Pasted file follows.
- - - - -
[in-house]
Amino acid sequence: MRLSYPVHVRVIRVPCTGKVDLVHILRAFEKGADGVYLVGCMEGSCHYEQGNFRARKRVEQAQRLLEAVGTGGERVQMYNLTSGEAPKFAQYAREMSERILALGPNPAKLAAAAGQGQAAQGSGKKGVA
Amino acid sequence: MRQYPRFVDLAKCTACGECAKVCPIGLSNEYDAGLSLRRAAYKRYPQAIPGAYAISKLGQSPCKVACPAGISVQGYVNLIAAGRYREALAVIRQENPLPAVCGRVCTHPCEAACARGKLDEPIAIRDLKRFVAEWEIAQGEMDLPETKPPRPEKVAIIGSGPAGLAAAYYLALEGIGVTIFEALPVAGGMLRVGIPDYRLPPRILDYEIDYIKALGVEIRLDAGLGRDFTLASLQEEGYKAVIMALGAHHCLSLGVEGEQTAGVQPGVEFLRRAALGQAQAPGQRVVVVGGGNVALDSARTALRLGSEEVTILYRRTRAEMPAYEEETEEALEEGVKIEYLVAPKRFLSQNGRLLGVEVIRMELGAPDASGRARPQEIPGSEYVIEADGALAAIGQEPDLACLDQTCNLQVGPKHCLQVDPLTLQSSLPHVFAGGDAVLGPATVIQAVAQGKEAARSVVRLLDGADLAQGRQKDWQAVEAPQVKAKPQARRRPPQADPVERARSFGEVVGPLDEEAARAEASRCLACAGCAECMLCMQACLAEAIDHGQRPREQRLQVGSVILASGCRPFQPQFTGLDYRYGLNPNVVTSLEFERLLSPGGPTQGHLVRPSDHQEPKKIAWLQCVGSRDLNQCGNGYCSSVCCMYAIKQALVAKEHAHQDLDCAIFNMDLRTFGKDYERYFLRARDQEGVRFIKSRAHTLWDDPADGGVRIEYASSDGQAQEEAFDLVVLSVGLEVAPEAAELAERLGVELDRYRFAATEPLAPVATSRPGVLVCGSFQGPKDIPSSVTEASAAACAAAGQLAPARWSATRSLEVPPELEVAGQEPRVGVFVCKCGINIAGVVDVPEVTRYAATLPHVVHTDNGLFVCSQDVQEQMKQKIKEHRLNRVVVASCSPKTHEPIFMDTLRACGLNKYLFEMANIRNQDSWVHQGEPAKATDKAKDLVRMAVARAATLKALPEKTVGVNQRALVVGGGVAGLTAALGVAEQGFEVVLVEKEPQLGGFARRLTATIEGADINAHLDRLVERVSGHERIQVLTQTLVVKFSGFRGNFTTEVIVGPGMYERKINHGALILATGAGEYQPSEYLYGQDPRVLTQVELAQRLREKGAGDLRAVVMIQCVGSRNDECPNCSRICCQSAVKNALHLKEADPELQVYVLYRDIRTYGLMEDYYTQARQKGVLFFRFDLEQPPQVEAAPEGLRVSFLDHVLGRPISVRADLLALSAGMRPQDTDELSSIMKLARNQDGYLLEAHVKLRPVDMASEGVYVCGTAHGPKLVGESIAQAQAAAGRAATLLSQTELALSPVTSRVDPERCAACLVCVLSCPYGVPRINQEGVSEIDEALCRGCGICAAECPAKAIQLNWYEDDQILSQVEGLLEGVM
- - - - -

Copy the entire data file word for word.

[in-house]
Amino acid sequence: MRLSYPVHVRVIRVPCTGKVDLVHILRAFEKGADGVYLVGCMEGSCHYEQGNFRARKRVEQAQRLLEAVGTGGERVQMYNLTSGEAPKFAQYAREMSERILALGPNPAKLAAAAGQGQAAQGSGKKGVA
Amino acid sequence: MRQYPRFVDLAKCTACGECAKVCPIGLSNEYDAGLSLRRAAYKRYPQAIPGAYAISKLGQSPCKVACPAGISVQGYVNLIAAGRYREALAVIRQENPLPAVCGRVCTHPCEAACARGKLDEPIAIRDLKRFVAEWEIAQGEMDLPETKPPRPEKVAIIGSGPAGLAAAYYLALEGIGVTIFEALPVAGGMLRVGIPDYRLPPRILDYEIDYIKALGVEIRLDAGLGRDFTLASLQEEGYKAVIMALGAHHCLSLGVEGEQTAGVQPGVEFLRRAALGQAQAPGQRVVVVGGGNVALDSARTALRLGSEEVTILYRRTRAEMPAYEEETEEALEEGVKIEYLVAPKRFLSQNGRLLGVEVIRMELGAPDASGRARPQEIPGSEYVIEADGALAAIGQEPDLACLDQTCNLQVGPKHCLQVDPLTLQSSLPHVFAGGDAVLGPATVIQAVAQGKEAARSVVRLLDGADLAQGRQKDWQAVEAPQVKAKPQARRRPPQADPVERARSFGEVVGPLDEEAARAEASRCLACAGCAECMLCMQACLAEAIDHGQRPREQRLQVGSVILASGCRPFQPQFTGLDYRYGLNPNVVTSLEFERLLSPGGPTQGHLVRPSDHQEPKKIAWLQCVGSRDLNQCGNGYCSSVCCMYAIKQALVAKEHAHQDLDCAIFNMDLRTFGKDYERYFLRARDQEGVRFIKSRAHTLWDDPADGGVRIEYASSDGQAQEEAFDLVVLSVGLEVAPEAAELAERLGVELDRYRFAATEPLAPVATSRPGVLVCGSFQGPKDIPSSVTEASAAACAAAGQLAPARWSATRSLEVPPELEVAGQEPRVGVFVCKCGINIAGVVDVPEVTRYAATLPHVVHTDNGLFVCSQDVQEQMKQKIKEHRLNRVVVASCSPKTHEPIFMDTLRACGLNKYLFEMANIRNQDSWVHQGEPAKATDKAKDLVRMAVARAATLKALPEKTVGVNQRALVVGGGVAGLTAALGVAEQGFEVVLVEKEPQLGGFARRLTATIEGADINAHLDRLVERVSGHERIQVLTQTLVVKFSGFRGNFTTEVIVGPGMYERKINHGALILATGAGEYQPSEYLYGQDPRVLTQVELAQRLREKGAGDLRAVVMIQCVGSRNDECPNCSRICCQSAVKNALHLKEADPELQVYVLYRDIRTYGLMEDYYTQARQKGVLFFRFDLEQPPQVEAAPEGLRVSFLDHVLGRPISVRADLLALSAGMRPQDTDELSSIMKLARNQDGYLLEAHVKLRPVDMASEGVYVCGTAHGPKLVGESIAQAQAAAGRAATLLSQTELALSPVTSRVDPERCAACLVCVLSCPYGVPRINQEGVSEIDEALCRGCGICAAECPAKAIQLNWYEDDQILSQVEGLLEGVM